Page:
Australian government launches new offensive against university staff and students

By Erika Zimmer and Mike Head
2 October 2003

The Howard government has embarked on a major confrontation with university staff and students in order to push through its plans for a radical restructuring of universities. Two weeks ago, it unveiled its cynically named Higher Education Support Bill (HESB), which will dramatically increase student fees. Days later, it announced a new industrial relations regime, effectively scrapping all restrictions on the driving down of salaries and conditions for academics and university workers.

On September 17, Education Minister Brendan Nelson tabled an “enhanced” HESB, rejecting calls for any compromise on its central thrust, which was first outlined in the May Budget. Despite opposition from students and staff, as well as from some universities, and criticism by the official opposition parties in the Senate, Nelson declared he would not contemplate changes that “undermine the fundamental integrity of the package”.

The two central measures will stand—allowing universities to increase student fees under the HECS repayment scheme by up to 30 percent, and doubling the proportion of university places open to full-fee paying students from 25 to 50 percent.

These “user-pays” measures will add to the already near-impossible financial burden on ordinary students and their families, while at the same time allowing increased numbers of wealthier students to buy university places. The upshot will be a two-class university system, with elite institutions for those who can afford to pay, and poorly-funded rump universities for the rest.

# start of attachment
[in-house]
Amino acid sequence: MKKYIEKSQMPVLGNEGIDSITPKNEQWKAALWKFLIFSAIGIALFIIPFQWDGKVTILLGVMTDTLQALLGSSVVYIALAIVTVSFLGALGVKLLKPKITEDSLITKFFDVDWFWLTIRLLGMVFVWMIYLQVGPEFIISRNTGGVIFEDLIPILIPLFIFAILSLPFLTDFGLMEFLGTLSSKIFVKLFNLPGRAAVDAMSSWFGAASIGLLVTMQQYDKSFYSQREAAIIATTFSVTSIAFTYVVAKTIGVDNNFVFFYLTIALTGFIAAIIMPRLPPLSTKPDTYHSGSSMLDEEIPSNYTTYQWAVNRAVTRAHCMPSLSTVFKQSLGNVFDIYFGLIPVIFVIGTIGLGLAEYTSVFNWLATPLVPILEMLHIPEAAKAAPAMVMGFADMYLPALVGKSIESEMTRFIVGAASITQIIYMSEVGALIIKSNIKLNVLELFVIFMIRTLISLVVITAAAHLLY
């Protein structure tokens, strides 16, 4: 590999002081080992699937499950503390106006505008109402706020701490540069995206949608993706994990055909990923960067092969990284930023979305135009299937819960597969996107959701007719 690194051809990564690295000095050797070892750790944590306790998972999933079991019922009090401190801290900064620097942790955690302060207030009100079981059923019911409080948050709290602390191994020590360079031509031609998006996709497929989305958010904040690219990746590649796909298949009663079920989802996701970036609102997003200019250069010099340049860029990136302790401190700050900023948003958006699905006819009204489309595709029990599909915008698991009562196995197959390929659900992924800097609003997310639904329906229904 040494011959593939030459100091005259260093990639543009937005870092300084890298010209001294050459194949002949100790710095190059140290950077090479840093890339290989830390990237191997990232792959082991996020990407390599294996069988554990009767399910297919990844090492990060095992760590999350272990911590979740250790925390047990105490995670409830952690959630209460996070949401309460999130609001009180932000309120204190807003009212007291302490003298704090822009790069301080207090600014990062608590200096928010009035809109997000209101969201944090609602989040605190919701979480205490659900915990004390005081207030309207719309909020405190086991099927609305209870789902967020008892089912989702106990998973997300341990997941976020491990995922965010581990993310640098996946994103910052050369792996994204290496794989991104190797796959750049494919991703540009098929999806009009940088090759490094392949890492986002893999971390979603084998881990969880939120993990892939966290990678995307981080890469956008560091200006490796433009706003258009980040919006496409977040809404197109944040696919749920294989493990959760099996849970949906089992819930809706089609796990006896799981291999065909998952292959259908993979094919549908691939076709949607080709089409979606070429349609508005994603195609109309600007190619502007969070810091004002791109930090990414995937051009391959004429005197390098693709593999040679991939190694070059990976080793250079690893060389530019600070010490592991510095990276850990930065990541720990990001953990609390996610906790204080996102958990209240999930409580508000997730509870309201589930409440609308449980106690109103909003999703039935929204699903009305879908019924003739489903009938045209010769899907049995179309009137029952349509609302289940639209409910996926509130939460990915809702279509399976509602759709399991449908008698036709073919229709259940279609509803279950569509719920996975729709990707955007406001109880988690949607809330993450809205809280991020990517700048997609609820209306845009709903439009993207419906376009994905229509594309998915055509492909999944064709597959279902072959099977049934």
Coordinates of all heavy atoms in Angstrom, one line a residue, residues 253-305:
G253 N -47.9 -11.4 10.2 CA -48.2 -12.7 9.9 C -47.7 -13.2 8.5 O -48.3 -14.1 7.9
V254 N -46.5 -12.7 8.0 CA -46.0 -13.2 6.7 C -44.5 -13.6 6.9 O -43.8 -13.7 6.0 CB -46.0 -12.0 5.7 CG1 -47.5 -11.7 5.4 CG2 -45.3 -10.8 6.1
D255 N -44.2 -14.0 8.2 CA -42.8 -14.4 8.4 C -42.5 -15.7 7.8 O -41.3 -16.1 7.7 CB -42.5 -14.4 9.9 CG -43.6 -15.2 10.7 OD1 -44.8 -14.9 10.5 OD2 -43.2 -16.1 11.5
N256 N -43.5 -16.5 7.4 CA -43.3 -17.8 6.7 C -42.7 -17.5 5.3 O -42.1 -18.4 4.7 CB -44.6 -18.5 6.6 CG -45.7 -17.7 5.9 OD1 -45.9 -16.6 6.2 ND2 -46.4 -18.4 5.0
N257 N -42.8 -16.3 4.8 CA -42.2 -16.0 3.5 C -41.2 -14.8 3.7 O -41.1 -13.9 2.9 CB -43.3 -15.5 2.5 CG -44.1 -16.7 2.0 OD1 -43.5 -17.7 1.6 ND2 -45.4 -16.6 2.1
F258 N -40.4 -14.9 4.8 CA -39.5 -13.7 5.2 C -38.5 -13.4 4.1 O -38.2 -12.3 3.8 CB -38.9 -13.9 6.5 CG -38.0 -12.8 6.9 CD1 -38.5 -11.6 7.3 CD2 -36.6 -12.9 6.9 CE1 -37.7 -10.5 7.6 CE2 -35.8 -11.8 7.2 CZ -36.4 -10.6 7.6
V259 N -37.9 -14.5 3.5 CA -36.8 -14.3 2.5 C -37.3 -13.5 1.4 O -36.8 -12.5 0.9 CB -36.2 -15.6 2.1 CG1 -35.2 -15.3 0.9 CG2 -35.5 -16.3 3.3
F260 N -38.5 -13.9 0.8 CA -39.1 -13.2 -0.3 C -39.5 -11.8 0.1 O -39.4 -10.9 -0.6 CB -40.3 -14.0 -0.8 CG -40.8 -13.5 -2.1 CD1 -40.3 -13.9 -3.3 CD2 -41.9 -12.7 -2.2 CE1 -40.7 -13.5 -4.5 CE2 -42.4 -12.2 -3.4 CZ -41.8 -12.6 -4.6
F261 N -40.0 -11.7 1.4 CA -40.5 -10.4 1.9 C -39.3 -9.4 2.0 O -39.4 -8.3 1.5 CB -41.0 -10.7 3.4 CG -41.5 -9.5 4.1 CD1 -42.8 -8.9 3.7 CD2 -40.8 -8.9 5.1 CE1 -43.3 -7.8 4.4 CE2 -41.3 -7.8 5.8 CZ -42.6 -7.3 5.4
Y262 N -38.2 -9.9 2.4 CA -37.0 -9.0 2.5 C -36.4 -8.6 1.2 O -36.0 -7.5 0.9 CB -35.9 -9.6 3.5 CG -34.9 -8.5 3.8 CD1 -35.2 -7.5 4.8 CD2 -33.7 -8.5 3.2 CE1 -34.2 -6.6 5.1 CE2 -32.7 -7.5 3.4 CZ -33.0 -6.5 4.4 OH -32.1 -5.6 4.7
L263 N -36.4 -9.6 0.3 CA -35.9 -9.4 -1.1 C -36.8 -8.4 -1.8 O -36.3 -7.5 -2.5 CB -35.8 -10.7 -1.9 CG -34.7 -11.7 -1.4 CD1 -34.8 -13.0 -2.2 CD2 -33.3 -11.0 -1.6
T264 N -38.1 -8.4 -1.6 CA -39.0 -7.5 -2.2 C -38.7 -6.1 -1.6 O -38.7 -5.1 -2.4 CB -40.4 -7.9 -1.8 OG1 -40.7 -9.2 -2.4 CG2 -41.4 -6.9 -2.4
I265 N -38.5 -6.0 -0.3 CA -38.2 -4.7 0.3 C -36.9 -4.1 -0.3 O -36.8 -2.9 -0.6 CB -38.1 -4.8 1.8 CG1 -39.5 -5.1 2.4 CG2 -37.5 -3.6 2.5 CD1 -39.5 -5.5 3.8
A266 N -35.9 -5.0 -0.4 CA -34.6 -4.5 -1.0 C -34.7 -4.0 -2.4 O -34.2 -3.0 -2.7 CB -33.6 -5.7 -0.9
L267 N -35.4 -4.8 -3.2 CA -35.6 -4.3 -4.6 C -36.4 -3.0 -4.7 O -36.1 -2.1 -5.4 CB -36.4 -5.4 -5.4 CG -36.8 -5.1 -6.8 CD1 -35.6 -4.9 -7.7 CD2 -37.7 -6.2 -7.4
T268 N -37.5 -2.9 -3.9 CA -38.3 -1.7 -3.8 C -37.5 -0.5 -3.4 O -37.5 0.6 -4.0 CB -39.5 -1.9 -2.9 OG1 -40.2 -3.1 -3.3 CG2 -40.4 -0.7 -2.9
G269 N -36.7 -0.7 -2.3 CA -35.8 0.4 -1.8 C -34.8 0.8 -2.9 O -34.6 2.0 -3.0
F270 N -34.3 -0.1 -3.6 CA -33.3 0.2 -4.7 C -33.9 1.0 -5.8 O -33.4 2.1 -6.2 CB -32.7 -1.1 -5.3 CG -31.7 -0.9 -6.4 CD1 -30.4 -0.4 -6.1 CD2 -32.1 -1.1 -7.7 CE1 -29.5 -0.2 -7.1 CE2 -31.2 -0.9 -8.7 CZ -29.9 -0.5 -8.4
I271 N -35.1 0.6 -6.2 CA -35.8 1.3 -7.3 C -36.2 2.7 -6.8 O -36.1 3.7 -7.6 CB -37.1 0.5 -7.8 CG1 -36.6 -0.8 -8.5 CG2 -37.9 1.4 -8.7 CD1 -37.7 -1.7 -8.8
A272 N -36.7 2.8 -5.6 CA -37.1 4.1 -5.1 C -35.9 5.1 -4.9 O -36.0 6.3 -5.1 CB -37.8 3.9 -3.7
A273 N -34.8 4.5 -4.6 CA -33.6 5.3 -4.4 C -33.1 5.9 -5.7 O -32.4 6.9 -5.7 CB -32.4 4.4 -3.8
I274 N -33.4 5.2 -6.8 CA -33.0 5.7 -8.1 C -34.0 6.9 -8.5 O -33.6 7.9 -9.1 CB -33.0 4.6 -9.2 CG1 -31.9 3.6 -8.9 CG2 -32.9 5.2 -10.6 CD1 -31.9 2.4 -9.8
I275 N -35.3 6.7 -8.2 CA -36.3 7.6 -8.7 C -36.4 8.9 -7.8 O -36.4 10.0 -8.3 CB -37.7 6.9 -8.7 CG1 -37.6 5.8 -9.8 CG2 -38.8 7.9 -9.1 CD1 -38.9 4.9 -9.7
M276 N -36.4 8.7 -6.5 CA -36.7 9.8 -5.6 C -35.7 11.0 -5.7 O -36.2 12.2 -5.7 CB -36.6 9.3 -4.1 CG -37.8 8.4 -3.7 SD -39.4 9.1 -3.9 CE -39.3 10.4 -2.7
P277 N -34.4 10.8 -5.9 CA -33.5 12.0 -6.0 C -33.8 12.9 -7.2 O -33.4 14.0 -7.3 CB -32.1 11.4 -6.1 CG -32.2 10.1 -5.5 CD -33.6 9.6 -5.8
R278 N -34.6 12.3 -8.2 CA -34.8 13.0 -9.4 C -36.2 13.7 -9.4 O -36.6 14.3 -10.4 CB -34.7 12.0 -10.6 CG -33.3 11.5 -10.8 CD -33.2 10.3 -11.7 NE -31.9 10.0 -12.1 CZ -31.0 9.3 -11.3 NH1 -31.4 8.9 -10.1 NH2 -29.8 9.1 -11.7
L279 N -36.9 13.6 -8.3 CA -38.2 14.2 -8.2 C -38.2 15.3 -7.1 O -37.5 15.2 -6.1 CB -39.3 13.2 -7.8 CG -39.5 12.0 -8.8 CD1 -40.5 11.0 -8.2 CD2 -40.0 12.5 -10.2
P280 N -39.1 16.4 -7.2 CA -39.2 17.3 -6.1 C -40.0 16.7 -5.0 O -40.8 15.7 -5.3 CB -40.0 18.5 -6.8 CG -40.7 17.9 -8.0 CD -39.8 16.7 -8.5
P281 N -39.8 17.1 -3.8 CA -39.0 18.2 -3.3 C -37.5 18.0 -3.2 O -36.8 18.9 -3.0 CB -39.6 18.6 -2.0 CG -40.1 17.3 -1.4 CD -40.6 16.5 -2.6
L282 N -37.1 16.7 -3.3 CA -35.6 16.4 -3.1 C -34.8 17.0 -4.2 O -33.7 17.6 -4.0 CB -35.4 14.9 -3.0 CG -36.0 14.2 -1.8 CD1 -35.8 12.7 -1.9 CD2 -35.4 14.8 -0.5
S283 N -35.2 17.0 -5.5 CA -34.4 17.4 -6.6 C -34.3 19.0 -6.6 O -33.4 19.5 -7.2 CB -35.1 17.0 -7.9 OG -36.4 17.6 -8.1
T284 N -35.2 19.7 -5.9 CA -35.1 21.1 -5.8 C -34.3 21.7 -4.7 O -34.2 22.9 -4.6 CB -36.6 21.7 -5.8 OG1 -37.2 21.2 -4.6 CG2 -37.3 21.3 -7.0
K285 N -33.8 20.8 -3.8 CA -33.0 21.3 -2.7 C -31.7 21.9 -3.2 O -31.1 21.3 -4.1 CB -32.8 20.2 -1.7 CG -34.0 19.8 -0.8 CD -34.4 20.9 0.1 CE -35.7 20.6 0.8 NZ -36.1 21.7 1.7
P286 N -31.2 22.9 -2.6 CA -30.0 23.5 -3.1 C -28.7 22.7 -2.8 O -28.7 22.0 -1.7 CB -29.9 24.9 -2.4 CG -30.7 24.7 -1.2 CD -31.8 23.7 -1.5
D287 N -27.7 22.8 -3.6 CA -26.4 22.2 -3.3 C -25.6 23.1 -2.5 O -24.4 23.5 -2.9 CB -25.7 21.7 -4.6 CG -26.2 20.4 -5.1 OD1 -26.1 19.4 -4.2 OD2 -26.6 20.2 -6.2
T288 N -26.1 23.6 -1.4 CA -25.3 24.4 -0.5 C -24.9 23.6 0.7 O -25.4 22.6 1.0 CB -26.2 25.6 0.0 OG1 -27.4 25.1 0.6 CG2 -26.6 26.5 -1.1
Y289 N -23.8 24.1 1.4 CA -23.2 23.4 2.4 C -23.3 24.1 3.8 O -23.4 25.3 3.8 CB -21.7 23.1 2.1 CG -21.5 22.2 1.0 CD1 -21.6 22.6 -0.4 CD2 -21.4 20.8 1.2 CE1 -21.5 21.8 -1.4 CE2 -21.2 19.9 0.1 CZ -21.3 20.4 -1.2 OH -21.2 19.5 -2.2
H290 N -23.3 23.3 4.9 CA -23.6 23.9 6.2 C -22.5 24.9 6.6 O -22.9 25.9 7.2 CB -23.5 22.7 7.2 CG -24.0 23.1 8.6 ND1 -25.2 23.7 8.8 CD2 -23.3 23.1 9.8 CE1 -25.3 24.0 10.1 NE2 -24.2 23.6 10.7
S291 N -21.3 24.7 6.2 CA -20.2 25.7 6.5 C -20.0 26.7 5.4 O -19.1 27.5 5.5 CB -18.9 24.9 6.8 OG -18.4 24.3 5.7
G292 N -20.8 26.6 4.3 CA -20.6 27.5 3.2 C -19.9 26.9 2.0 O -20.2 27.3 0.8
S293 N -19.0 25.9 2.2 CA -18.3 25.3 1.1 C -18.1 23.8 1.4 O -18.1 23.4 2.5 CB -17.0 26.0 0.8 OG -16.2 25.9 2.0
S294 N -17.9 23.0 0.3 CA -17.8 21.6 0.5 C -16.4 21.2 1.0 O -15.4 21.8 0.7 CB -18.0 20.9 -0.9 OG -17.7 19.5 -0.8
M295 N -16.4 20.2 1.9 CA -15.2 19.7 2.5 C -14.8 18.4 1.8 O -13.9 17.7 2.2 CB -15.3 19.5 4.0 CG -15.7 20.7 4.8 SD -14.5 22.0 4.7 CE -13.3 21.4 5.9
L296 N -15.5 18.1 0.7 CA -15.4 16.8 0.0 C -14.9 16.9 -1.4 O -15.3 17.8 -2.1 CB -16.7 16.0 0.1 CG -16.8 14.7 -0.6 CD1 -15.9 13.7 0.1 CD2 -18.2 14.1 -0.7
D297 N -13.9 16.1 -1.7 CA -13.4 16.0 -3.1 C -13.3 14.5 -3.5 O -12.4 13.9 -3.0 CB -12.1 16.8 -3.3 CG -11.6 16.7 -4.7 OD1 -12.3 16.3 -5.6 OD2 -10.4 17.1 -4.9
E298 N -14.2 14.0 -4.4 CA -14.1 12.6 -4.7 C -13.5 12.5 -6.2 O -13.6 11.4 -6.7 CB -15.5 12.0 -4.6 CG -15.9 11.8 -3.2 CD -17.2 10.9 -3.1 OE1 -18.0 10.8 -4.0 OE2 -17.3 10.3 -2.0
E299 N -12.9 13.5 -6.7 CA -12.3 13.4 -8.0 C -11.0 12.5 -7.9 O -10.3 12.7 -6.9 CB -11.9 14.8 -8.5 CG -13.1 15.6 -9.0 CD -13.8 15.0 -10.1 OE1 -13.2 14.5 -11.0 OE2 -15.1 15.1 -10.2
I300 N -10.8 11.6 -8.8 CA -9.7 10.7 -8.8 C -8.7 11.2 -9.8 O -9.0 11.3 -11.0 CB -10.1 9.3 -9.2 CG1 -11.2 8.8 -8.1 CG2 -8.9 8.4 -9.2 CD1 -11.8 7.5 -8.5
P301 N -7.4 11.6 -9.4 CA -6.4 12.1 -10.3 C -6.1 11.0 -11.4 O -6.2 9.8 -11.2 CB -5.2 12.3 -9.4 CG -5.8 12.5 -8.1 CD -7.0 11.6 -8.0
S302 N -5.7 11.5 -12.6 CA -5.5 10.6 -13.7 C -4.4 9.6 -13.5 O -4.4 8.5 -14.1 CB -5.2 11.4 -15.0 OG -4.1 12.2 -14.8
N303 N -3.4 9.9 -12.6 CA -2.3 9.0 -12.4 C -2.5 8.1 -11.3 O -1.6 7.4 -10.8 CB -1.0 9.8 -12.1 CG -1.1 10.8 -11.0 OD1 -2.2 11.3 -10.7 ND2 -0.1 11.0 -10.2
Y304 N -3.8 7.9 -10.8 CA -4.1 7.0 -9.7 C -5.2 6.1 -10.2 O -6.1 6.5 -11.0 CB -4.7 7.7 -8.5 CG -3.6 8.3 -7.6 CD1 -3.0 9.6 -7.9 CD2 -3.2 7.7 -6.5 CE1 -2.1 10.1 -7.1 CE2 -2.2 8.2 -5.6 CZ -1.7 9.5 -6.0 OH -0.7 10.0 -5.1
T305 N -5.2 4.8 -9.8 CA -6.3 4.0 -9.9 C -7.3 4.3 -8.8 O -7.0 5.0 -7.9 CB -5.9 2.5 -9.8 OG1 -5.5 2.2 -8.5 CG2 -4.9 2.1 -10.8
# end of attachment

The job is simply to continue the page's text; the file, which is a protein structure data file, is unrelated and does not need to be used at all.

New funding formulae will mean that newer universities, such as the University of Western Sydney and the Victoria University of Technology, attended by thousands of working class students, will lose millions of dollars per year. Overall, 8,000 extra students will be denied university places around Australia each year, on top of an existing shortfall of up to 30,000 places. Thousands more are expected to drop out for financial reasons.

One of Nelson’s “enhancements” consists of encouraging cash-strapped regional universities to provide “distance learning” courses via the Internet, a measure that will further undermine the provision of full, on-campus, study. A few sops include extending slightly the time limits for students to complete their degrees, allowing struggling universities to over-enrol by up to five percent and exempting scholarship holders from social security income tests.

Hidden away in the 265-page bill are far-reaching powers for the minister to dictate what courses and degrees the country’s 38 public universities can offer, and how many student places they can provide, in line with “national priorities” set by the government. These powers will be used to further boost narrowly-based commercial, professional and vocational courses at the expense of arts, humanities and other courses involving historical study and critical reflection.

Under “governance reform protocols”—which have received no media coverage—university governing councils will be required to restructure themselves along corporate lines, focusing on the acquisition of “commercial expertise”.

In another little-known provision, low-interest loans will be offered to full-fee paying students to encourage them to attend one of the many private institutions that have sprung up over the past two decades, such as Bond University, the University of Notre Dame, the Australian Institute of Music, Tabor College and the Christian Heritage College.

Industrial provocation

Five days after tabling the bill, Nelson and outgoing Workplace Relations Minister Tony Abbott jointly revealed “new workplace relations requirements for universities”.

Their announcement was timed to scuttle a three-year collective agreement about to be signed between Sydney University and the National Tertiary Education Union (NTEU) and to sink negotiations and industrial campaigns underway at most other public universities. The two ministers declared that the “requirements” would operate immediately, even though the necessary legislation had not yet been introduced.

The purpose of the announcement was to deliver an ultimatum to university managements. In order to qualify for a share of the $404 million in federal funding over three years, they would have to draw up individual contracts with academics and other employees to undercut collective agreements, drop all limits on the hiring of casual and limited-term contract staff, and introduce performance pay systems to tie salaries to commercially-rewarding outputs.